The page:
The Siberian husky has a double coat of thick, medium length hair. The top coat is very straight and the undercoat is short and dense. They shed heavily all year long and twice each year they blow the entire coat. Many different patterns and colors are seen on huskies. Usually they have a white face, tail tip, legs and paws, no matter what color they are. The most common colors for the Sib include gray and white, pure white, copper and white and black and white.

An adult male Siberian husky will generally stand between 21 and 23.5 inches, which is measured at the withers. However, females usually stand at only 20 to 22 inches tall. Males generally weigh from 45 to 60 pounds, and females are a little lighter, weighing between 35 and 50 pounds. However, every dog’s weight should be proportionate to the dog’s height.


Siberian Husky playing

While the Siberian husky may appear fierce, these dogs are not aggressive or possessive. They love life, they love to play and they love being active. It is essential to ensure you only purchase or adopt a husky that has a good bloodline, since indiscriminate breeding may result in unwanted qualities, such as timidity or aggression. Huskies are well known for managing to escape garages, screen doors, fences and more, so it is important to avoid leaving them without supervision.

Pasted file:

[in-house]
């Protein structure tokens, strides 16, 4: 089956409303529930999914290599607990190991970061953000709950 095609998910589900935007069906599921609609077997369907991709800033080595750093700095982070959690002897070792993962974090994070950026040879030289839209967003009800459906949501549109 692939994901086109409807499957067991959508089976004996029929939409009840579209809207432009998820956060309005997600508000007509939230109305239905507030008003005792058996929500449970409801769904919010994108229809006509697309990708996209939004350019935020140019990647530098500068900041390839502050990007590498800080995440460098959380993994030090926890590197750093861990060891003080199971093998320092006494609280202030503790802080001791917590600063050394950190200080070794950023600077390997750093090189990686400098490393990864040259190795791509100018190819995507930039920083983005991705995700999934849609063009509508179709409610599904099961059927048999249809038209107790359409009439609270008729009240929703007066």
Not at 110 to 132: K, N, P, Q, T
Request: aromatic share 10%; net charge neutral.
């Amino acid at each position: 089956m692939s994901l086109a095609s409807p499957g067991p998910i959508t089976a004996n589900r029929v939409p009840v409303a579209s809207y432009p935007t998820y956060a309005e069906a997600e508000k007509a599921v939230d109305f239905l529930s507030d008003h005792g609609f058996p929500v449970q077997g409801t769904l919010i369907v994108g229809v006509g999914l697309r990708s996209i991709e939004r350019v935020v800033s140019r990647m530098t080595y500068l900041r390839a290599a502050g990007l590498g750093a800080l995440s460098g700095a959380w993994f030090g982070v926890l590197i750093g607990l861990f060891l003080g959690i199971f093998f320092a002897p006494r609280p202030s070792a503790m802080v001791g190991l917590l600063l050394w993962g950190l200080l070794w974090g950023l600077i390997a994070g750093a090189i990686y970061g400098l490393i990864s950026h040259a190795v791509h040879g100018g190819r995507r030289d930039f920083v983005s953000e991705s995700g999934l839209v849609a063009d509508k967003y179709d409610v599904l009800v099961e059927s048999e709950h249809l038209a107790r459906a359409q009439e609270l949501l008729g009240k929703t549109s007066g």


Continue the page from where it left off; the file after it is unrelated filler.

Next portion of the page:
These dogs require a lot of activity to keep them happy and healthy. They have a lot of endurance and energy, so they need a couple of activities each day. They enjoy going on jobs, hikes, walks and other activities. The breed is quite difficult to train, so they need consistency and firm leadership.


The Siberian husky is a heavy shedder that loses hair all through the year. This means that they should be brushed once or twice a week to prevent matting and to control shedding. During shedding season, they need to be brushed daily. Since these dogs clean themselves, they are very clean and odor free. They only need to be bathed when extremely dirty.
Working Roles

The Siberian husky was bred to be a sled dog, and these dogs still work as sled dogs today. They are used in Alaska and still in Siberia as sled dogs and love pulling a sled for their owners. Because they are so hardy and they do well in extremely cold temperatures, they are often used for search and rescue in extremely cold, snowy areas of the world.


Siberian Husky howling

Siberian huskies generally live to be between 10-14 years old. Most of the health issues for this breed are genetic, including eye problems and seizures. Some of the common genetic eye problems that may affect huskies include canine glaucoma, progressive retinal atrophy, corneal dystrophy and juvenile cataracts. Among Siberian huskies that are used for sled racing, health problems may include gastric erosions, bronchitis and gastric disease. Other health problems that may affect this breed include:

  • Nasal depigmentation
  • Von Willebrand disease
  • Hypothyroidism
  • Hip dysplasia
  • Epilepsy
  • Osteochondritis dissecans
  • Chronic superficial keratitis
  • Basal cell tumor